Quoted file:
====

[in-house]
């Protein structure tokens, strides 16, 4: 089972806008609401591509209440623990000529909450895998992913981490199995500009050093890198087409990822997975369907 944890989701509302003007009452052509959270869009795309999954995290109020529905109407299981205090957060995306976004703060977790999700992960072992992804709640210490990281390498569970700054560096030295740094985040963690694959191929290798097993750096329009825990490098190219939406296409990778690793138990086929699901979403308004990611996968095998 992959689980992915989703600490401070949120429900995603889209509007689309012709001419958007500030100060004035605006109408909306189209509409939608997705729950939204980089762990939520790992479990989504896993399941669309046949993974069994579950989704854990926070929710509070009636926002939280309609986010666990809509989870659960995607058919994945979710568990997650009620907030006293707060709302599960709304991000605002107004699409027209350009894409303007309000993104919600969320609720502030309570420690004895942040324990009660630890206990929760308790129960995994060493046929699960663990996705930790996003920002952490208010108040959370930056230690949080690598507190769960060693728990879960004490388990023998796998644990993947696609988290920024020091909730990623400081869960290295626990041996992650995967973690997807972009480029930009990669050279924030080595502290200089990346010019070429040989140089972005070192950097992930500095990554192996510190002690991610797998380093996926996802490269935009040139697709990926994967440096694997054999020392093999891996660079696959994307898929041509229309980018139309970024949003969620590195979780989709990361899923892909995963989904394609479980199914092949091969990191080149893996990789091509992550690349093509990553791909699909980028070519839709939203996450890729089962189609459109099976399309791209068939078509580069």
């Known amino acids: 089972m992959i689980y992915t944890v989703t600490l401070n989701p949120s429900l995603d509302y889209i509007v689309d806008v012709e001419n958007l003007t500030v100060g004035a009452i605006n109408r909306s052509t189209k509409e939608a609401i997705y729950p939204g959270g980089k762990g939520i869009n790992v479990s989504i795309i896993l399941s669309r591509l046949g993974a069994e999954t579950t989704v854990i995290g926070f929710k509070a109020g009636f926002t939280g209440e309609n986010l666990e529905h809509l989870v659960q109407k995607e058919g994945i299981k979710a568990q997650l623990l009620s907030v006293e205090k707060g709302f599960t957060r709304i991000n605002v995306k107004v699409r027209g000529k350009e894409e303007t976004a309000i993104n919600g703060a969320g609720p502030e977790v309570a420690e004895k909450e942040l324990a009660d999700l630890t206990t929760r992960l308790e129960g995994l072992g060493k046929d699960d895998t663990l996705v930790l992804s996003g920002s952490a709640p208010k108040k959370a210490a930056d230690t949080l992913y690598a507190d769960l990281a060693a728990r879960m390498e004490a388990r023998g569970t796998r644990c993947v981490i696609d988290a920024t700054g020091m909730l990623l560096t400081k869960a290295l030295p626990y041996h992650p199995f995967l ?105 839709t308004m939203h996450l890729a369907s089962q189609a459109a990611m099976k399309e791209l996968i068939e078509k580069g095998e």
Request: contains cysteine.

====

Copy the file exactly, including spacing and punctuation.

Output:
[in-house]
């Protein structure tokens, strides 16, 4: 089972806008609401591509209440623990000529909450895998992913981490199995500009050093890198087409990822997975369907 944890989701509302003007009452052509959270869009795309999954995290109020529905109407299981205090957060995306976004703060977790999700992960072992992804709640210490990281390498569970700054560096030295740094985040963690694959191929290798097993750096329009825990490098190219939406296409990778690793138990086929699901979403308004990611996968095998 992959689980992915989703600490401070949120429900995603889209509007689309012709001419958007500030100060004035605006109408909306189209509409939608997705729950939204980089762990939520790992479990989504896993399941669309046949993974069994579950989704854990926070929710509070009636926002939280309609986010666990809509989870659960995607058919994945979710568990997650009620907030006293707060709302599960709304991000605002107004699409027209350009894409303007309000993104919600969320609720502030309570420690004895942040324990009660630890206990929760308790129960995994060493046929699960663990996705930790996003920002952490208010108040959370930056230690949080690598507190769960060693728990879960004490388990023998796998644990993947696609988290920024020091909730990623400081869960290295626990041996992650995967973690997807972009480029930009990669050279924030080595502290200089990346010019070429040989140089972005070192950097992930500095990554192996510190002690991610797998380093996926996802490269935009040139697709990926994967440096694997054999020392093999891996660079696959994307898929041509229309980018139309970024949003969620590195979780989709990361899923892909995963989904394609479980199914092949091969990191080149893996990789091509992550690349093509990553791909699909980028070519839709939203996450890729089962189609459109099976399309791209068939078509580069």
């Known amino acids: 089972m992959i689980y992915t944890v989703t600490l401070n989701p949120s429900l995603d509302y889209i509007v689309d806008v012709e001419n958007l003007t500030v100060g004035a009452i605006n109408r909306s052509t189209k509409e939608a609401i997705y729950p939204g959270g980089k762990g939520i869009n790992v479990s989504i795309i896993l399941s669309r591509l046949g993974a069994e999954t579950t989704v854990i995290g926070f929710k509070a109020g009636f926002t939280g209440e309609n986010l666990e529905h809509l989870v659960q109407k995607e058919g994945i299981k979710a568990q997650l623990l009620s907030v006293e205090k707060g709302f599960t957060r709304i991000n605002v995306k107004v699409r027209g000529k350009e894409e303007t976004a309000i993104n919600g703060a969320g609720p502030e977790v309570a420690e004895k909450e942040l324990a009660d999700l630890t206990t929760r992960l308790e129960g995994l072992g060493k046929d699960d895998t663990l996705v930790l992804s996003g920002s952490a709640p208010k108040k959370a210490a930056d230690t949080l992913y690598a507190d769960l990281a060693a728990r879960m390498e004490a388990r023998g569970t796998r644990c993947v981490i696609d988290a920024t700054g020091m909730l990623l560096t400081k869960a290295l030295p626990y041996h992650p199995f995967l ?105 839709t308004m939203h996450l890729a369907s089962q189609a459109a990611m099976k399309e791209l996968i068939e078509k580069g095998e």
Request: contains cysteine.